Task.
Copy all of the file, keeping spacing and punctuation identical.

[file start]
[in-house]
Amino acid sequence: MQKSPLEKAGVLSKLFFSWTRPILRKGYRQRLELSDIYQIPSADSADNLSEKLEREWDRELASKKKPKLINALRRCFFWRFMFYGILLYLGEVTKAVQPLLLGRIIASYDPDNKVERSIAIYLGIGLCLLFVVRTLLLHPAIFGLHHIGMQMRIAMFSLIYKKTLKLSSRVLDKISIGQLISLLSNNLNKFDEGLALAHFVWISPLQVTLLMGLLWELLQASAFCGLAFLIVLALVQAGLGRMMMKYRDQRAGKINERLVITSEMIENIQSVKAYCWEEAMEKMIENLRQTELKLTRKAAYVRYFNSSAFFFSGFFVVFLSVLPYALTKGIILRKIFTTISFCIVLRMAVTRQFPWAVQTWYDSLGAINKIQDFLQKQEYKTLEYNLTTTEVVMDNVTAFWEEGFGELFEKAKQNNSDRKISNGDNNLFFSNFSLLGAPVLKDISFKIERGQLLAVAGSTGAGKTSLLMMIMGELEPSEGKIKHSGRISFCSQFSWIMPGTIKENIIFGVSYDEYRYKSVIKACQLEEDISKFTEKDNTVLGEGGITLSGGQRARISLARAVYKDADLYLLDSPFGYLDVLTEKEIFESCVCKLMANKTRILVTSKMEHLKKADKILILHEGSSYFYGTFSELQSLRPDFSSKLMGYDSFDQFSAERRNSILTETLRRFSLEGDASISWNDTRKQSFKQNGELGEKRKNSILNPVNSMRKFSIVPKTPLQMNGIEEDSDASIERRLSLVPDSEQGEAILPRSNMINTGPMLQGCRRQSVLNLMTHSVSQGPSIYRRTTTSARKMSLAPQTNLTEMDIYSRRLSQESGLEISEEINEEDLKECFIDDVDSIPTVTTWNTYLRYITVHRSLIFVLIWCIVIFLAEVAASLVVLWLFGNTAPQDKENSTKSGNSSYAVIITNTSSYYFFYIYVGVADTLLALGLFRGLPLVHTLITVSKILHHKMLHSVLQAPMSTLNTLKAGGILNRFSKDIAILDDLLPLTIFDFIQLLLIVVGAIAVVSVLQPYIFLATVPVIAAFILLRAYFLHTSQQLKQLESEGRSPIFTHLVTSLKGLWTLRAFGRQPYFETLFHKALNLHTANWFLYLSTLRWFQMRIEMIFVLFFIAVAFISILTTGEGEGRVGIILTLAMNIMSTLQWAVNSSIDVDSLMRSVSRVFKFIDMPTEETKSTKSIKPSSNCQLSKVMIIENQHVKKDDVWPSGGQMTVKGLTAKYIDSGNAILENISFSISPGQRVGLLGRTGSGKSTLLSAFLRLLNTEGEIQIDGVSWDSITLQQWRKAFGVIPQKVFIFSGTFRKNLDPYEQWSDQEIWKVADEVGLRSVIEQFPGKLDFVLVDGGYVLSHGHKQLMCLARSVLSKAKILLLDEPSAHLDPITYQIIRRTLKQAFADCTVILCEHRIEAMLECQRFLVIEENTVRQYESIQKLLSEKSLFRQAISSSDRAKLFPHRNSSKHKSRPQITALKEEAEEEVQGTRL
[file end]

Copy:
[in-house]
Amino acid sequence: MQKSPLEKAGVLSKLFFSWTRPILRKGYRQRLELSDIYQIPSADSADNLSEKLEREWDRELASKKKPKLINALRRCFFWRFMFYGILLYLGEVTKAVQPLLLGRIIASYDPDNKVERSIAIYLGIGLCLLFVVRTLLLHPAIFGLHHIGMQMRIAMFSLIYKKTLKLSSRVLDKISIGQLISLLSNNLNKFDEGLALAHFVWISPLQVTLLMGLLWELLQASAFCGLAFLIVLALVQAGLGRMMMKYRDQRAGKINERLVITSEMIENIQSVKAYCWEEAMEKMIENLRQTELKLTRKAAYVRYFNSSAFFFSGFFVVFLSVLPYALTKGIILRKIFTTISFCIVLRMAVTRQFPWAVQTWYDSLGAINKIQDFLQKQEYKTLEYNLTTTEVVMDNVTAFWEEGFGELFEKAKQNNSDRKISNGDNNLFFSNFSLLGAPVLKDISFKIERGQLLAVAGSTGAGKTSLLMMIMGELEPSEGKIKHSGRISFCSQFSWIMPGTIKENIIFGVSYDEYRYKSVIKACQLEEDISKFTEKDNTVLGEGGITLSGGQRARISLARAVYKDADLYLLDSPFGYLDVLTEKEIFESCVCKLMANKTRILVTSKMEHLKKADKILILHEGSSYFYGTFSELQSLRPDFSSKLMGYDSFDQFSAERRNSILTETLRRFSLEGDASISWNDTRKQSFKQNGELGEKRKNSILNPVNSMRKFSIVPKTPLQMNGIEEDSDASIERRLSLVPDSEQGEAILPRSNMINTGPMLQGCRRQSVLNLMTHSVSQGPSIYRRTTTSARKMSLAPQTNLTEMDIYSRRLSQESGLEISEEINEEDLKECFIDDVDSIPTVTTWNTYLRYITVHRSLIFVLIWCIVIFLAEVAASLVVLWLFGNTAPQDKENSTKSGNSSYAVIITNTSSYYFFYIYVGVADTLLALGLFRGLPLVHTLITVSKILHHKMLHSVLQAPMSTLNTLKAGGILNRFSKDIAILDDLLPLTIFDFIQLLLIVVGAIAVVSVLQPYIFLATVPVIAAFILLRAYFLHTSQQLKQLESEGRSPIFTHLVTSLKGLWTLRAFGRQPYFETLFHKALNLHTANWFLYLSTLRWFQMRIEMIFVLFFIAVAFISILTTGEGEGRVGIILTLAMNIMSTLQWAVNSSIDVDSLMRSVSRVFKFIDMPTEETKSTKSIKPSSNCQLSKVMIIENQHVKKDDVWPSGGQMTVKGLTAKYIDSGNAILENISFSISPGQRVGLLGRTGSGKSTLLSAFLRLLNTEGEIQIDGVSWDSITLQQWRKAFGVIPQKVFIFSGTFRKNLDPYEQWSDQEIWKVADEVGLRSVIEQFPGKLDFVLVDGGYVLSHGHKQLMCLARSVLSKAKILLLDEPSAHLDPITYQIIRRTLKQAFADCTVILCEHRIEAMLECQRFLVIEENTVRQYESIQKLLSEKSLFRQAISSSDRAKLFPHRNSSKHKSRPQITALKEEAEEEVQGTRL